Danish star Mads Mikkelsen (The Hunt) virtually plays a lone hand in this grim tale of endurance and survival set in the frozen wastelands of the North Pole. Arctic recalls other survival dramas like All is Lost, in which Robert Redford played a lone role as a stranded sailor, or Cast Away with Tom Hanks stuck on a desert island with only a volleyball for company. Here the setting is much more extreme and the stakes are a lot higher.
Mikkelsen plays Overgard, a pilot whose light plane crashes in the Arctic. We never see the plane crash, and are thrown straight into the drama a few days afterwards. Overgard has set up a rudimentary camp in the wreckage where he remains relatively sheltered from the elements. He’s established a daily routine that becomes a little repetitive. He slowly uses rocks to erect a huge SOS sign, he tries to get a signal on the radio, and he fishes through a hole in the ice.
Then he sees a rescue helicopter approaching, but it spins out of control and crashes. Overgard reluctantly makes his way to the crash site where he finds the pilot (Thelma Smaradottir) badly injured. He manages to effect some basic first aid and takes her back to his plane. Then he tries to drag the badly wounded woman across the harsh snowy wilderness using part of the fuselage as a makeshift toboggan. And somewhere not too far away is lurking a polar bear, which poses a threat.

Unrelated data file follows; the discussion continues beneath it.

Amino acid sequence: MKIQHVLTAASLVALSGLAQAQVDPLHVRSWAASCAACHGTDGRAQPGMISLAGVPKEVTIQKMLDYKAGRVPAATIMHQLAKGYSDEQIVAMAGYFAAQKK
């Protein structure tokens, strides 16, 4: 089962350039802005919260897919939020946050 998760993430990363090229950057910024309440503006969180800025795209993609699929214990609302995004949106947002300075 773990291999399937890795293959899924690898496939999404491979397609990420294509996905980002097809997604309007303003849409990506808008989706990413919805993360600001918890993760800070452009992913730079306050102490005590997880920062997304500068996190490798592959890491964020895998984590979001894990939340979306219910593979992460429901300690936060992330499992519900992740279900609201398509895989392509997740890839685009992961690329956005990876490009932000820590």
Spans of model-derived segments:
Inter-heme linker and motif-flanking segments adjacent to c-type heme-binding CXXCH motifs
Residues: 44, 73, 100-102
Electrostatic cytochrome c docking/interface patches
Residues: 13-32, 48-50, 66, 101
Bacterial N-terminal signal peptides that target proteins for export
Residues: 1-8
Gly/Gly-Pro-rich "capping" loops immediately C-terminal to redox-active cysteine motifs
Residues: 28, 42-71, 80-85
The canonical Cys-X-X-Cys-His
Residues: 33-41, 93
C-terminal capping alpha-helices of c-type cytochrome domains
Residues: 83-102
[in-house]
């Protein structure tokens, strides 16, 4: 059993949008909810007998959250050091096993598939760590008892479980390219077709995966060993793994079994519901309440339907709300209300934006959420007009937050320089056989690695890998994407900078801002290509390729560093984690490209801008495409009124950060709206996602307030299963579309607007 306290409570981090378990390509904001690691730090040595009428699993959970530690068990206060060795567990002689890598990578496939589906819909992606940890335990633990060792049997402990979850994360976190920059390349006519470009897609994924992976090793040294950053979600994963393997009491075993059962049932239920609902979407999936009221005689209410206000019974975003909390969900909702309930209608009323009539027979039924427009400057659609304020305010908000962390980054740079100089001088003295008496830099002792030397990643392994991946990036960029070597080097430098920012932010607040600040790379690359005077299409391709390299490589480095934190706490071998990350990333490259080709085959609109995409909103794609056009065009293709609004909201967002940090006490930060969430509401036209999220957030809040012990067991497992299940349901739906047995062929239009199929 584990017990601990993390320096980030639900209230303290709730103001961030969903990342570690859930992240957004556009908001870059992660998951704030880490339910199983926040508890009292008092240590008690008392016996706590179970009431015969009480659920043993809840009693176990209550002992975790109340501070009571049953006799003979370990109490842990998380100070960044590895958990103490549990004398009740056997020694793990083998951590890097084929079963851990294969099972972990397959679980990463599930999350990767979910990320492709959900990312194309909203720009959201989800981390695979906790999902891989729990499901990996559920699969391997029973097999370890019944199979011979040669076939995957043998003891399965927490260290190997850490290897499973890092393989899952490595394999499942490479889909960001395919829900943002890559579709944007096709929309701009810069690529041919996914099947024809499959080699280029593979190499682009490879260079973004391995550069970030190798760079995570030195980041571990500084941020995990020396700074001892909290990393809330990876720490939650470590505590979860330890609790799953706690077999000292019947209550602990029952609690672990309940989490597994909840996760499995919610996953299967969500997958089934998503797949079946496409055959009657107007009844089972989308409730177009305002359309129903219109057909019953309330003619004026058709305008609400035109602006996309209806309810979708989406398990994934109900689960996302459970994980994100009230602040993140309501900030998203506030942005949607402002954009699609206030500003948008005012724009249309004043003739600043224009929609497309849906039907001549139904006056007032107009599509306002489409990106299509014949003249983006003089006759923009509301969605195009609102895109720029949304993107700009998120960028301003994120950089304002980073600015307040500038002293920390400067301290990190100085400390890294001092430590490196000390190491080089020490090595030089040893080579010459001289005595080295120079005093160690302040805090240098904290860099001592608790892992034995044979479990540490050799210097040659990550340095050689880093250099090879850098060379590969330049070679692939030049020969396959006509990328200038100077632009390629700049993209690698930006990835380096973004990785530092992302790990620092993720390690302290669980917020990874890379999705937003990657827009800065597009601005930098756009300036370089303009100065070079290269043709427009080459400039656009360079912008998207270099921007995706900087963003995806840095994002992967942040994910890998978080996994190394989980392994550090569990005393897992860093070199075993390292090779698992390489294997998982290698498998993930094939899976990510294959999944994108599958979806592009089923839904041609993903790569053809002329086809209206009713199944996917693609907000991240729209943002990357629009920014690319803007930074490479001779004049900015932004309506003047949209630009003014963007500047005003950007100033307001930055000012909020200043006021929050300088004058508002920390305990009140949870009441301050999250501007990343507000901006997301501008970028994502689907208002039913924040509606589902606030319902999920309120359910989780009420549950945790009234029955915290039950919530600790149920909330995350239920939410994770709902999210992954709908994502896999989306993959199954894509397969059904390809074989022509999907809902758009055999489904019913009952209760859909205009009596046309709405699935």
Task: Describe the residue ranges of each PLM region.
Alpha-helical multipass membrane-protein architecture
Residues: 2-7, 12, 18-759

Arctic is the first feature film from Brazilian director Joe Penna. He began his career making short films for YouTube and directing music videos. Penna co-wrote the sparse script with his regular collaborator Ryan Morrison, who also edited the film. This is visual storytelling, and the film is stripped back to the essentials with minimal narrative and dialogue.
Shot on location in Iceland, the film looks great thanks to the crisp widescreen lensing of cinematographer Tomas Orn Tomasson. He brings the harsh environment to life, which enhances the dangers. This is an immersive and visceral film. You can virtually feel the cold. Joseph Trapanese’s score suits the tone of the piece.
Mikkelsen is on the screen the whole time and held my attention with a committed and quite physical performance. He eschewed the use of stuntmen, which lends an authenticity to the gruelling survival story. This is a virtuoso turn from Mikkelsen, who’s often cast as the villain. He delivers an understated and largely internal performance. Penna doesn’t give backstories for the two characters; but I don’t really need any as I was fully invested in their desperate struggle to survive.
Arctic marks an auspicious debut for Penna, and it’ll be interesting to see how he follows this film.
Director: Joe Penna
Cast: Mads Mikkelsen, Thelma Smaradottir
Release Date: 14 February 2019 (limited)
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Greg King has had a life long love of films. He has been reviewing popular films for over 15 years. Since 1994, he has been the film reviewer for BEAT magazine. His reviews have also appeared in the Herald Sun newspaper, S-Press, Stage Whispers, and a number of other magazines, newspapers and web sites. Greg contributes to The Blurb on film